Dark Daily published an article saying a community hospital charged Kathy Meinhardt inpatient prices for clinical laboratory testing when she was a walk-up customer. As a result, Queen of the Valley Medical Center in Napa Valley has found itself centered within a media flare-up.
A California newspaper heralded the story of an understandably displeased inpatient charged $4,316.55 for lab panels that a national lab would have performed for just $464, about 90% cheaper! Papers have not released all of the tests that were administered, but had Meinhardt paid for six full suites of labs at Atlas MD she still wouldn’t have spent as much she did at the national lab.
According to sites like Daily Dark, price transparency is trending in healthcare and people are opening their eyes to the reality of insurance price gouging conducted in part through unscrupulous chargemasters. Kathy Meinhardt, who does graphic design in Napa Valley, California, illustrates a flaw in the clinical lab testing industry. According to an article in the San Francisco Business Times, she was overcharged the amount of $4,316.55 for blood panels in April 2012 at Queen of the Valley Medical Center in Napa Valley. What the billing department was unaware of was that Meinhardt had been charged $464.81 for a similar panel by a lab ran by Quest Diagnostics Incorporated. It’s no surprise she called them out. Four hundred bucks is already too much in our humble opinion, but do people really think you can invent a price ten times as high out of thin air? We need to get serious, all of us, doctors, patients and insurers. First off, this overcharging is unethical, but secondly, allowing it to occur is shameful, too.
Dark Daily says that as the story goes Meinhardt emailed the newspaper, saying “The [clinical laboratory] tests have the exact (same) CPT codes! There is no reasonable or logical explanation for the difference. It’s just greed. Why should I have to take out a small loan to have blood work done?” And we’re totally on her side. Greed might be a primary culprit, second only to the public’s hopeless resignation to an intimidatingly complex healthcare administration that we’re wrapped up in.
The article continues saying, “San Francisco Business Times cited the following example: QVMC charged $315 for a Cortisol test, compared to $32.16 for the same test at the Quest Diagnostics laboratory. After Meinhardt complained to QVMC, the medical center reduced her bill to $3,012.77 and then to $1,766, the newspaper reported.”
And now for some more daily headshaking. We especially love the woman at Queen’s Valley Medical Center who said that comparing the clinical lab to her hospital was not comparing, and this is quoted, “apples to apples.” This is insulting to every person who writes ANYTHING, on ANY medium. THIS might be exactly the point we’re trying to make here. As much as we’re doctors trying to help patients, we are actually stuck in a bullying match with jerk linguists. If a simple blood panel is not a simple blood panel AT ANY LOCATION, what is even going on? How does anyone even go shopping for ANYTHING if an item is not AN ITEM? Although, to clever Karen’s point, gas is basically gas, and we all know that prices vary depending on the location, neighborhood, distance to an offramp, etc. But there’s a huge difference: THEY CLEARLY MARK THEIR PRICES. If some knucklehead wants to charge $40/gallon of unleaded gas, no one will buy it from him. Sadly, that’s what QVMC did to Meinhardt, and they almost got away with it. Mostly because chargemasters and hospitals have made pricing an opaque puzzle. Throw in some clever propagandists who bully consumers into believing that they are getting something “different” from the hospital, and it’s understandable why these groups are raking in unfair amounts of cash.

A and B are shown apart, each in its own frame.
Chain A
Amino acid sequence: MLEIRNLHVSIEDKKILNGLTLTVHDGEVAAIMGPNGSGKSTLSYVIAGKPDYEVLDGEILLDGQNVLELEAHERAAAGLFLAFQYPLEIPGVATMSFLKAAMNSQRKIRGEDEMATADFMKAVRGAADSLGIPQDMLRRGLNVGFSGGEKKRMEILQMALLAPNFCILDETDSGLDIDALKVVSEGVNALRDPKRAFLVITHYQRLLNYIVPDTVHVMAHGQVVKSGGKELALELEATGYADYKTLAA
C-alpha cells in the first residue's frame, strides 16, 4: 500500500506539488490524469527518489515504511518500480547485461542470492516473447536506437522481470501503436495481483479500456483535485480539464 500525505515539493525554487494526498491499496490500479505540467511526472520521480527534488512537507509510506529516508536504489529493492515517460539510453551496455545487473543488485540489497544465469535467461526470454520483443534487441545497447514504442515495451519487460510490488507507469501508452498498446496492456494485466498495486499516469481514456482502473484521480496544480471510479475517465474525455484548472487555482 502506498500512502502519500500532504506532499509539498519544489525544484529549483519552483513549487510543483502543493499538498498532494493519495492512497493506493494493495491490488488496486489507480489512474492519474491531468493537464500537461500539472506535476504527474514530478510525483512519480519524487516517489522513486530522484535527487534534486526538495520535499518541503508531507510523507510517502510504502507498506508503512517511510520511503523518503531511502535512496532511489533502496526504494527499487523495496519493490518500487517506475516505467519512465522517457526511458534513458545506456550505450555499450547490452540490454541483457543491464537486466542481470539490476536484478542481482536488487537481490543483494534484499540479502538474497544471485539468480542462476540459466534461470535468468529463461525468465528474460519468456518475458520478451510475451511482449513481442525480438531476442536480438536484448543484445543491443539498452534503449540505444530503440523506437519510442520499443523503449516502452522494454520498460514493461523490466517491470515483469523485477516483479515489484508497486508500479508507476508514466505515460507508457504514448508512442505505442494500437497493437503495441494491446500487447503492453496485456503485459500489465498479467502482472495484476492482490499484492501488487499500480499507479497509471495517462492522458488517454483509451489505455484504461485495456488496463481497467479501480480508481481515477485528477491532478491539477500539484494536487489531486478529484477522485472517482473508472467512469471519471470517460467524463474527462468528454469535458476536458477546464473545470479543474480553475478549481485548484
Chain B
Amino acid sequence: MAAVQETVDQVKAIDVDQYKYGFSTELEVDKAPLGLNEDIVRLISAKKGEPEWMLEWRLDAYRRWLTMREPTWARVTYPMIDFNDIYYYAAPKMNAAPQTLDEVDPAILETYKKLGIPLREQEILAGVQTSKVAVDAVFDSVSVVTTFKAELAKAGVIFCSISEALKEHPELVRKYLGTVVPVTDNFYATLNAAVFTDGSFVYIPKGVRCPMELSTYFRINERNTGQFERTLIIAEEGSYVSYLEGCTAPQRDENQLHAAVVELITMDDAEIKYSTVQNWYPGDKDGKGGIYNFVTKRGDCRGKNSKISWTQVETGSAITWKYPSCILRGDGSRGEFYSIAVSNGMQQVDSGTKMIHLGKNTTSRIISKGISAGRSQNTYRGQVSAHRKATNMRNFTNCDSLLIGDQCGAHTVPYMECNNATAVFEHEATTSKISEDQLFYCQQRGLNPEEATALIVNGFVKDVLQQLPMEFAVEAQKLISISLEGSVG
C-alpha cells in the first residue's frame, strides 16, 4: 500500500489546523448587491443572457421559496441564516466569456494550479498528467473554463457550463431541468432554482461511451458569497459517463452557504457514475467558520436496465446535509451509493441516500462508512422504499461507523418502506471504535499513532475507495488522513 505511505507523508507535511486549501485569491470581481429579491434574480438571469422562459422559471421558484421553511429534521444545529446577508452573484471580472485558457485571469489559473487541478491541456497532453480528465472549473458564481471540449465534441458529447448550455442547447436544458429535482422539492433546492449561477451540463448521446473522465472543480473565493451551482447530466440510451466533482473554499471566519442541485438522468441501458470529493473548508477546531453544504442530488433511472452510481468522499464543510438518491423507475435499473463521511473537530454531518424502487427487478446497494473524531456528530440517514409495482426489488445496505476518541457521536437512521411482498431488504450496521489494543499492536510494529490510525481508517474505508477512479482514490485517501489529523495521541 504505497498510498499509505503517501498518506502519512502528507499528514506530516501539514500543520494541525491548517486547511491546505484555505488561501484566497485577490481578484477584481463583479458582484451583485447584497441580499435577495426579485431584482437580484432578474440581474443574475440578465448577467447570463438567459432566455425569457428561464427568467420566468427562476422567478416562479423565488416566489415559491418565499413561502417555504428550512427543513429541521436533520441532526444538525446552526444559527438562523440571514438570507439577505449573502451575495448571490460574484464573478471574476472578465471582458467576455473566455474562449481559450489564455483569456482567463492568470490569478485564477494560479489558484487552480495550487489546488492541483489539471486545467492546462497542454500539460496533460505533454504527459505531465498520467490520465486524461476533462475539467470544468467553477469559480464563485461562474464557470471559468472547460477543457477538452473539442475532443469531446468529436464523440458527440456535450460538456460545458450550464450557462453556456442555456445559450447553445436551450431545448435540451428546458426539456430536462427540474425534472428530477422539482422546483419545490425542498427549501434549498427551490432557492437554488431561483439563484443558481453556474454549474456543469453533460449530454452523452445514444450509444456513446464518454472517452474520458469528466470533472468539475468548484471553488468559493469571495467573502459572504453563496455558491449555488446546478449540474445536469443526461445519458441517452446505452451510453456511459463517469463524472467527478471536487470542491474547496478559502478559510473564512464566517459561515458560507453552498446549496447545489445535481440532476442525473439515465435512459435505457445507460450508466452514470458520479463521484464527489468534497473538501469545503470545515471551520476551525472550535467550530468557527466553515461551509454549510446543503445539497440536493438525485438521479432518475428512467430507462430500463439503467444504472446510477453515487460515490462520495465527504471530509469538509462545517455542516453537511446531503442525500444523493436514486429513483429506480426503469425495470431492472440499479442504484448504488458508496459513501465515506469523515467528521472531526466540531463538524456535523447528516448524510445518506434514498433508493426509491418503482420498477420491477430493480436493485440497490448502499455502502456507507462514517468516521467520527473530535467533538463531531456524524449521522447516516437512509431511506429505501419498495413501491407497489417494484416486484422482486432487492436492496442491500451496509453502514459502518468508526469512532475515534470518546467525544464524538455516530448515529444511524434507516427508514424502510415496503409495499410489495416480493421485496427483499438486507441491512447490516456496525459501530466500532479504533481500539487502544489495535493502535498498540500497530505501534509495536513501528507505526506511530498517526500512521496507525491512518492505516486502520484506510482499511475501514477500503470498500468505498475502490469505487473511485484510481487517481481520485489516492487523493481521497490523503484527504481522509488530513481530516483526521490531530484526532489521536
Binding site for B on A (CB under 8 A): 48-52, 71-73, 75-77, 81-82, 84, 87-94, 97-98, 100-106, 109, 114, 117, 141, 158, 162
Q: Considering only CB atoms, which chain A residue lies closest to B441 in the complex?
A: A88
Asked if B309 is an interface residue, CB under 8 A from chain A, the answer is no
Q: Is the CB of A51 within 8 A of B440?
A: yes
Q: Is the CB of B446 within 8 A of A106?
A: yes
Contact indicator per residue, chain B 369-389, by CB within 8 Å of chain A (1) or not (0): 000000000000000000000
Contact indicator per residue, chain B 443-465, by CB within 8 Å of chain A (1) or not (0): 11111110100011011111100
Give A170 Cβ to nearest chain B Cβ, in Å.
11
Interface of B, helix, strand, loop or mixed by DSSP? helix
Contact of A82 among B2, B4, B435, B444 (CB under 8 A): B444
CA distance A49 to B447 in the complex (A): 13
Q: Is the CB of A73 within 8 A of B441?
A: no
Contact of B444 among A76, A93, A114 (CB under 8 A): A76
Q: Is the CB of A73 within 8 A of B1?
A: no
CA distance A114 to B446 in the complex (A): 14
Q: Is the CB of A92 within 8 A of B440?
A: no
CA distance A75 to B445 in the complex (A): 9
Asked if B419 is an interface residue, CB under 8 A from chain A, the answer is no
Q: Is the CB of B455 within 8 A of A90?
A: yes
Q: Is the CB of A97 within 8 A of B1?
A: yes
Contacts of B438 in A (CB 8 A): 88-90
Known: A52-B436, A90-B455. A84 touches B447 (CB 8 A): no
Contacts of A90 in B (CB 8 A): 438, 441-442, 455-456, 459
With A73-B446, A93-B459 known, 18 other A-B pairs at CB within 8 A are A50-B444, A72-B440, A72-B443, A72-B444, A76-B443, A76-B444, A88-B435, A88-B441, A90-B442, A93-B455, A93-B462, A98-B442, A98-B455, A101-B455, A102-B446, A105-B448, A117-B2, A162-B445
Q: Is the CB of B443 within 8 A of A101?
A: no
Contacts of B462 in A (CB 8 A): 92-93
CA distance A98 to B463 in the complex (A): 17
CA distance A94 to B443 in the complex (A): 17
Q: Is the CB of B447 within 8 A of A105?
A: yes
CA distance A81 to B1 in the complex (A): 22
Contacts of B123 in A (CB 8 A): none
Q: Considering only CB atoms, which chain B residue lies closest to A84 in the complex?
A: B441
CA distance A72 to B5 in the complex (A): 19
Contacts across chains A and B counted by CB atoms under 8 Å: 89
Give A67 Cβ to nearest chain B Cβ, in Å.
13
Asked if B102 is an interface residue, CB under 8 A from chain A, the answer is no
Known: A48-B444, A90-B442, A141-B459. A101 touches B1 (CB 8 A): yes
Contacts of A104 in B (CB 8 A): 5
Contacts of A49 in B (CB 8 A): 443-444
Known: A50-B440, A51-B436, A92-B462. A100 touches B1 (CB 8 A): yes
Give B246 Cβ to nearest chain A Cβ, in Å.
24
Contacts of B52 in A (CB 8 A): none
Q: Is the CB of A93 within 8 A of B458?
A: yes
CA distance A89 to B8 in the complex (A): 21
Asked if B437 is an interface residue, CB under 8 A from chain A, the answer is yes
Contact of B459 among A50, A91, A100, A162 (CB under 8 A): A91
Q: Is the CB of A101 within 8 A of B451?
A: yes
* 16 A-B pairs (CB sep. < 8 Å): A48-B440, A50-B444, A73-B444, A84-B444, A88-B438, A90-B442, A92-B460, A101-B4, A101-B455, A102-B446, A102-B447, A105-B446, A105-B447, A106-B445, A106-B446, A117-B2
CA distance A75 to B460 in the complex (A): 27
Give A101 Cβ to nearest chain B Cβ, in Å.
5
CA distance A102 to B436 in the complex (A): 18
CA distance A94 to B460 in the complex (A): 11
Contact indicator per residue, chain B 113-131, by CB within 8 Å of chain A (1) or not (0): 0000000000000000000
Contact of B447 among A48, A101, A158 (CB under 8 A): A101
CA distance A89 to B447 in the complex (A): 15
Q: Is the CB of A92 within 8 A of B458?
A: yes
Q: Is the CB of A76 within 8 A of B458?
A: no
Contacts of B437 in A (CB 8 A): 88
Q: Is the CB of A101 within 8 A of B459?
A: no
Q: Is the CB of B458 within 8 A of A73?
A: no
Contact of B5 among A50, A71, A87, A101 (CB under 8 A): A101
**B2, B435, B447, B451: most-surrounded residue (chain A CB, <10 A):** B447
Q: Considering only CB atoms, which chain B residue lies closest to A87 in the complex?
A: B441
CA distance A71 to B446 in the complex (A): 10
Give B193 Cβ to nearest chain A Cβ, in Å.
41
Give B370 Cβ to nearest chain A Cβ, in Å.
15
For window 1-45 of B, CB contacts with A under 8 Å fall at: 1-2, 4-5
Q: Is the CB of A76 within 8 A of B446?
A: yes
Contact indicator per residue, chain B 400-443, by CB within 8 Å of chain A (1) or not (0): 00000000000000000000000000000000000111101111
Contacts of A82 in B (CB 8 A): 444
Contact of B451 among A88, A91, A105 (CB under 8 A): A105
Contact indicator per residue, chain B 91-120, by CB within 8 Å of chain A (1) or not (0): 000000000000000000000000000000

We encourage you to check out the complete article from Dark Daily. They reference another story from last year, reported by The LA Times. Evidently a woman in California ended up in a similar situation as Meinhardt with repeat CT Scans that were 400% different in price. In her case, though, it came to light that the hospital was using two chargemaster prices that led to a class action lawsuit against her insurance company, Blue Shield. Reporters dug deeper, investigating the hospital, too, and they found more fuel for the price transparency fire: according to Dark Daily, “The Los Angeles Times wrote, ‘The lowest price is usually available only if patients don’t use their health insurance. In one case, blood tests that cost an insured patient $415 would have been $95 in cash.’”